Photographing all the events (mundane or sublime) in your life used to be a weird, boring-bordering-on-creepy hobby. Now it's simply an assumed way of interacting with the world.


From: Kamil Kisiel (Sep 17 2014, at 12:19)

Streaming video services like YouTube changed a lot of things. Now if I want to learn a skill, or how to fix my toaster, or demo a musical instrument, I can find out how within a few minutes by just searching there. Also lots of short form entertainment is available, so more time spent watching short clips and less or none watching TV.

Similarly music services like Rdio have done for me to MP3s what MP3s did to CDs. I barely have an MP3 collection any more and just stream almost everything. The exception being indie artists whose music I buy to support them directly.


From: Dave Pawson (Sep 17 2014, at 12:24)

You missed on Tim? Bandwidth? That enables many of your changers?

Try that on a voice modem?


From: d.w. (Sep 17 2014, at 12:26)

High-quality compressed digital audio.

I was just the right age to have my life changed by the Walkman. In college I used to walk across campus with 2 or 3 pounds of cassettes in my backpack. MP3 et. al. made it possible for me to go anywhere and pull a nontrivial portion of my music collection along with me.

With the rise of Spotify/Rdio/Pandora/etc I now have the "celestial jukebox" available all day while I work, commute, and relax.


From: Robert Hahn (Sep 17 2014, at 12:55)

* portable music players that can hold your entire collection - now you can soundtrack every moment of the day, or replace the dj at your wedding with an iPod.

* video on demand - watch your fav shows on your own time - pause it to look after the baby.

* web based language translators - now it's finally possible to help your kids with their French homework

* crowd sourced help on video. Need to learn how to tie a necktie? How about changing the windshield wiper blade on your van? Go to YouTube.

* also agree with digital photography - particularly on a phone. Now you can take a picture of your prescription meds before going to the doctor. Or photograph a problem with your home project before going to the hardware store.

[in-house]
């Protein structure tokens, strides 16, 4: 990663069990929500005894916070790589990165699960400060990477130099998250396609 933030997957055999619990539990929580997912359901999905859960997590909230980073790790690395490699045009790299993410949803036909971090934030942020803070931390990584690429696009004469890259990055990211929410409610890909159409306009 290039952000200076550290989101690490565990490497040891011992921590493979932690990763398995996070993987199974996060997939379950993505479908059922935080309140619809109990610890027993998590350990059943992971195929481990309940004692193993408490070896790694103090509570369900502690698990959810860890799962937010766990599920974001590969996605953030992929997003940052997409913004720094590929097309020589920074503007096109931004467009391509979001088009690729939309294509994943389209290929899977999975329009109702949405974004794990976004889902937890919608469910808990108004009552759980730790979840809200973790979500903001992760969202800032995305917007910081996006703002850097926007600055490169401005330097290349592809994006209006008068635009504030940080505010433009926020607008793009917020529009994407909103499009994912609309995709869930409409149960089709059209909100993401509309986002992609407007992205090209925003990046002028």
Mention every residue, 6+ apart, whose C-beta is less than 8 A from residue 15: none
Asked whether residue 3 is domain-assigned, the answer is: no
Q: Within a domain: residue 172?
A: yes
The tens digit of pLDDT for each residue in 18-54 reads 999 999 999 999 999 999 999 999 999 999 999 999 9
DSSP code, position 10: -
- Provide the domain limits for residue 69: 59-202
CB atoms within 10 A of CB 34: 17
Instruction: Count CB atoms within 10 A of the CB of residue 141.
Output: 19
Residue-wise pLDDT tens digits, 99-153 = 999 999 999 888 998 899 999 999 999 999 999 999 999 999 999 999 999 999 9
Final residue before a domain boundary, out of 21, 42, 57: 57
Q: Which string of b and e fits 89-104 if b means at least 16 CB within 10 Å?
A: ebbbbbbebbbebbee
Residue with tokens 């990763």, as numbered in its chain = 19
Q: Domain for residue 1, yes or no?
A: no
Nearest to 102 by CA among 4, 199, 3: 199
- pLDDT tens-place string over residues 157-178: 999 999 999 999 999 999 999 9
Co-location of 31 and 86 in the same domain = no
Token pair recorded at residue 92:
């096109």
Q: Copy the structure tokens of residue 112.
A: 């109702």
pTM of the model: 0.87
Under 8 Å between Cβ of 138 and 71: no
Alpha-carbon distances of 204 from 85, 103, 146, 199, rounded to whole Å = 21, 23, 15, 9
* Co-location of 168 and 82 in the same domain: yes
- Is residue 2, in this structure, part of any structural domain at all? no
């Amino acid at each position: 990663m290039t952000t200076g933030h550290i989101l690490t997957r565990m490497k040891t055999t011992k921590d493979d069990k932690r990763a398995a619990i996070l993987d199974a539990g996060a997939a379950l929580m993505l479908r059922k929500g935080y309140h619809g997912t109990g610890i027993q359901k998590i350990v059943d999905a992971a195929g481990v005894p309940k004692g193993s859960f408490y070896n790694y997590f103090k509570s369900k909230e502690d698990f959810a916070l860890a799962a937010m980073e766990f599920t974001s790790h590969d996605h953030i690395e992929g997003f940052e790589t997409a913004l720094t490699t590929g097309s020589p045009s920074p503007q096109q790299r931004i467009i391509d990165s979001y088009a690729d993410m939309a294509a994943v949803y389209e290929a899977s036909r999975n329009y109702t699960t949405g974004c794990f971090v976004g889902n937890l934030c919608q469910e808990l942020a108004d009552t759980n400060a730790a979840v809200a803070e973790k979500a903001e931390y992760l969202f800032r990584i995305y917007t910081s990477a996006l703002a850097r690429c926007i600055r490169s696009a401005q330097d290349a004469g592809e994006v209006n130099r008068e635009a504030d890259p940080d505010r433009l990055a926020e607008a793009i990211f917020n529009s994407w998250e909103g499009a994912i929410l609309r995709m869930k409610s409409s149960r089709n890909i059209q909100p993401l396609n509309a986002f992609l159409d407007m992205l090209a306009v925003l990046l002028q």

* on-phone video. Consider the woman who recorded her seizure to show her doctors - which helped them with a diagnosis

* I also want to include remote collaboration. Only this century have we really seen people living in very different places collaborate, in real time (or near real time) on projects with real outcomes.

* gps for everyone


From: Mike Kozlowski (Sep 17 2014, at 13:33)

Very few things are instantaneous life-changers, but the accumulation of changes builds up into something major. I mean, life without Wikipedia now would be absurd, but there's no one point at which Wikipedia suddenly sprang into being.

I think some of the stuff that gets branded as Google Now (voice control, natural language parsing, expert systems, pushed anticipatory knowledge) is in the middle phases of being revolutionary. The difference between a circa 2000 search for information and a modern one is about more than just the device I'm doing it on.

You dismiss Chromecast as "just TV" but streaming video is a real thing. Before this century, the only sources of video were your cable/antenna signal and DVDs/VHS tapes, which could mostly only be played back on your TV. The modern conception of the TV as just another screen rather than the portal to all video is a big change, as is the ubiquity of Youtube/Netflix/etc.

I think you also underestimate a lot of social things. Online dating has changed things enormously in ways that aren't going to show up on a GDP chart but that it would feel weird to not have. Social networks have altered the arc of relationships (people's relationships with their old college friends in 2014 is qualitatively different than it was in 2000).

And of course, phones tie into all these things, and even as no particular phone model is revolutionary any more, the gap between what a modern high-end phone can do and what that first iPhone could do is enormous.


From: Doug K (Sep 17 2014, at 13:48)

interesting question.. I could not come up with a single thing other than your #3, which surprised me.

Mobile net needs a smartphone, which I have not yet found a need for sufficient to justify paying the premiums.

Maps similarly, the internet maps are not any help without mobile net. GPS is handy and I do carry one in wilderness areas, but still use paper topo maps for navigation because the screen is too small.